Internment of the Jews still living in the Sieg district at the RAD camp Much

In 1941 the first assembly camps for Jews were set up. The Jewish people living in the Sieg district who did not have to do forced labor in companies important to the war were sent to the former Reich Labor Service (RAD) Camp Much until June 16, 1941. Excessive rent payments were demanded of the Jews for “living” in the overcrowded (three families had to share a room) and relatively dilapidated premises. The residents suffered from constant food shortages. The Jewish butcher Hugo Koppel from Siegburg acted as camp manager. There were also people who helped the interned Jews, such as the Ruppichteroth community nurse Aureliana of the Order of the Precious Blood, who threw food over the camp fence.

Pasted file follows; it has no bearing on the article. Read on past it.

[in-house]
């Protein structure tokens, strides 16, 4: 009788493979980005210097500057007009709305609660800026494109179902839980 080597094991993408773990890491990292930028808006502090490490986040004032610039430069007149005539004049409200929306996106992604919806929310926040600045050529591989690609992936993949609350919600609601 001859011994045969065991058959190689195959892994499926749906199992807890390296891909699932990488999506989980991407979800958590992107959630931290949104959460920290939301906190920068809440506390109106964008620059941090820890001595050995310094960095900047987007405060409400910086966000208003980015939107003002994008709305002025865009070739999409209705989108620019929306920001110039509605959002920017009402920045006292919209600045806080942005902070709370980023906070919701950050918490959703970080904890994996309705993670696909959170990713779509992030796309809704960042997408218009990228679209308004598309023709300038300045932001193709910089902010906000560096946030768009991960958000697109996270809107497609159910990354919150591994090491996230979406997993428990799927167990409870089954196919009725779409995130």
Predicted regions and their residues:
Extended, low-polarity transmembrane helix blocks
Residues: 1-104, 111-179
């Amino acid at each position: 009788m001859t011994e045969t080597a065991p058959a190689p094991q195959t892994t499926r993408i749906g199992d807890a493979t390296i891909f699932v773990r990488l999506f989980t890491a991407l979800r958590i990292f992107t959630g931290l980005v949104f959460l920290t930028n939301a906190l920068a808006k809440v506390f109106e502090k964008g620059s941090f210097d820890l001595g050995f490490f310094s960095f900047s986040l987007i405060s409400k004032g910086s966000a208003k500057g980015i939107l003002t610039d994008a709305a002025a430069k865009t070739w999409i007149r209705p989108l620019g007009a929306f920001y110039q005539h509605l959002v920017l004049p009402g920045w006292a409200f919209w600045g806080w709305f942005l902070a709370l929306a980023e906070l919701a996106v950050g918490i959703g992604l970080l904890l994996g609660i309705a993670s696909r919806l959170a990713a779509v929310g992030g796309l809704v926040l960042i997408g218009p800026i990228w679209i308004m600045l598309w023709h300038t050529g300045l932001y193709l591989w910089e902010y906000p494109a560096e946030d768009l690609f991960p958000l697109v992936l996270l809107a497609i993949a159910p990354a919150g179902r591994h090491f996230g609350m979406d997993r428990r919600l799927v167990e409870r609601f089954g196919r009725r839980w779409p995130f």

In the months of June and July 1942 in particular, the deportations from Much took place first to the Cologne exhibition hall and temporarily to the barracks camp in Cologne-Müngersdorf. From the Deutz-Tief train station, the Jews then had to travel to Riga, Auschwitz, Minsk, Theresienstadt, Lublin and other places of horror, which usually led them to their deaths. Only Moses Aron from Bad Honnef survived the internment in the Much camp.

Some of the barracks survived until the mid-1960s. On January 27, 2002, a memorial stele for the victims of National Socialism was inaugurated at the former location.

Timeline Rosbach/Sieg

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